Father John Misty
Billy Joe Shaver
Gary Clark, Jr.
Willie Nelson’s western town in Luck, TX, is about a 45 minute ride from downtown Austin. On Thursday, March 15th, at SXSW, the town was transformed into the Heartbreak Banquet, a performance space with two stages featuring over 20 musicians including Rhett Miller, Father John Misty, Blitzen Trapper, Daughter, Billy Joe Shaver, Phosphorescent, and Gary Clark, Jr.
Heartbreak Banquet was presented by Electric Lady Studios and Robot Fondue, in association with John Varvatos. For the attendees (including WXPN Station Manager Roger LaMay) it was a welcome break and musical retreat from the frenzied pace of SXSW.
For about a year now, the “members” listing on Strand of Oaks‘ Facebook page has read “Timothy Showalter and growing.” That growth has been a steady process, and a thrilling one to watch unfold. Last summer, Oaks played its first gig as an evocative, synthesizer-heavy three-piece in the Catskill Mountains; this would become the band’s touring lineup for the next six months.
At South by Southwest last weekend, we saw another shift – Stand of Oaks is now a driving rock four-piece, with Deven Craige (also of Little Big League) on bass, Ryan Berg (of Project Object) on drums, and Jonny Ollsin (from Family Band) sitting in on second guitar. The new configuration is impressive, and short of “Sterling” from Pope Killdragon, the set showcased new material that’s taken a turn into uptempo, dare-I-say anthemic songwriting. Which doesn’t mean Showalter has abandoned his introspective lyricism or fits of brooding; he’s still the same thoughtful songwriter, but now with more immediacy. Check out the setlist below – highlights were the pulsing “Dark Shores” (which Oaks played on tour last fall) and “Maureen’s,” where Ollsin cut loose with a jaw-dropping guitar outro that betrayed the time he spent playing in metal bands during the early aughts.
While he was in town, Showalter filmed a Couch By Couchwest session covering “Long Desert Train” by Jason Molina (of Songs: Ohia and Magnolia Electric Company). You can watch the video below.
If you haven’t gathered from our volume of posts about it these past several days, there is no shortage of live music at Austin’s annual South by Southwest conference. Here is a gallery of five performances that stood out to me as I darted back and forth across town: the wild southern-fried rock of Pond (who plays Johnny Brenda’s tonight); quick snaps of Titus Andronicus holding their own in a feisty set just before The Jesus and Mary Chain took the stage; an insane, irreverent performance by Barcelona’s Za! wherein two dudes with various instruments had a bonkers, Trout Mask Replica-inspired freakout; a solid afternoon showing by Brookyn’s White Rabbits; and a breezy evening performance by Creed Bratton, founding member of The Grass Roots, who you might also know as that guy from NBC’s The Office.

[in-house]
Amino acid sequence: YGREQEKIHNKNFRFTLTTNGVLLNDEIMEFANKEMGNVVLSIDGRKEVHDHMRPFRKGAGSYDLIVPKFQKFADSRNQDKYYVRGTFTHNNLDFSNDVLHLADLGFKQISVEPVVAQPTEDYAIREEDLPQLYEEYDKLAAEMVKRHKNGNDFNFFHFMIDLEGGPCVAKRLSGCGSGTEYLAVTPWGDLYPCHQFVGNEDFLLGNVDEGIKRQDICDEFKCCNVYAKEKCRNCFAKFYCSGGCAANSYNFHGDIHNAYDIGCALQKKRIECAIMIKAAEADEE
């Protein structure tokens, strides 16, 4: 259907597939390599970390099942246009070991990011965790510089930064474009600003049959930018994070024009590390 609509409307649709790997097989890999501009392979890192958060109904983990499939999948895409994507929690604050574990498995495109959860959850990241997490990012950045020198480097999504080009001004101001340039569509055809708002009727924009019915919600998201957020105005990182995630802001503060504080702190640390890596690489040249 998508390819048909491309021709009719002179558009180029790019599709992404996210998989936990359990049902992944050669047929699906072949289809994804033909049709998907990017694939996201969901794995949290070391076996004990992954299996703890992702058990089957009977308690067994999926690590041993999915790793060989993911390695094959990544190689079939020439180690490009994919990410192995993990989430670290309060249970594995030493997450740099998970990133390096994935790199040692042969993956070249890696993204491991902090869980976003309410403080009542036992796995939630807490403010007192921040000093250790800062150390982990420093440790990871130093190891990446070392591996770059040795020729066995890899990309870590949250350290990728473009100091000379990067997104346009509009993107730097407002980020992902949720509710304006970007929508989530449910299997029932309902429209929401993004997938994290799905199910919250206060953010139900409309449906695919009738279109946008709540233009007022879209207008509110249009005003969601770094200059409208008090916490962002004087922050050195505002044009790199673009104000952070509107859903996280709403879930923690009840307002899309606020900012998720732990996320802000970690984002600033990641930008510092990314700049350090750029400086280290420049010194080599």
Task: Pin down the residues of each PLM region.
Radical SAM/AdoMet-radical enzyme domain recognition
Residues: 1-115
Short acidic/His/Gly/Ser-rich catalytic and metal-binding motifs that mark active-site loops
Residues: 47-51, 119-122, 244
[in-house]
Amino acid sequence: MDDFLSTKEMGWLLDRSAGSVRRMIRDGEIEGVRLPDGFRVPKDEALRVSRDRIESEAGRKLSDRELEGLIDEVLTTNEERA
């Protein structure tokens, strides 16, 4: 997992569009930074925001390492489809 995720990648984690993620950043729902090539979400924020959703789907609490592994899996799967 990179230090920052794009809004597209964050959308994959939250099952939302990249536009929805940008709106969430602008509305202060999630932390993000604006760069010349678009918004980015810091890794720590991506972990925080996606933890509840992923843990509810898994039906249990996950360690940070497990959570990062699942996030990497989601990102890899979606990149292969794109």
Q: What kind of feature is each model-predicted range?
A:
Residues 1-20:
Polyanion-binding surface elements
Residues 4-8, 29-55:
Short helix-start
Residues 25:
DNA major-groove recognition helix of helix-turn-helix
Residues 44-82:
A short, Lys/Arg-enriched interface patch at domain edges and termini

For their final show in a long weekend making the SXSW rounds, Philly’s The War on Drugs gave a rousing performance on The A.V. Club Showcase at Club De Ville Saturday afternoon. The hour-long set drew largely from the band’s epic 2011 release Slave Ambient, dipping back to their 2008 debut Wagonwheel Blues for “Buenos Aires Beach” and “A Needle In Your Eye #16.” Among the highlights were bassist Dave Hartley playing a trumpet through his network of delay pedals; Adam Granduciel’s invigorating vocal performance on “Come to the City”; and a moment during “Your Love is Calling My Name” where the insistent rhythm and pounding bass made empty beer cans left along the P.A. system dance. At least that’s what it looked like in the afternoon heat. Take a look at a short video below and judge for yourselves.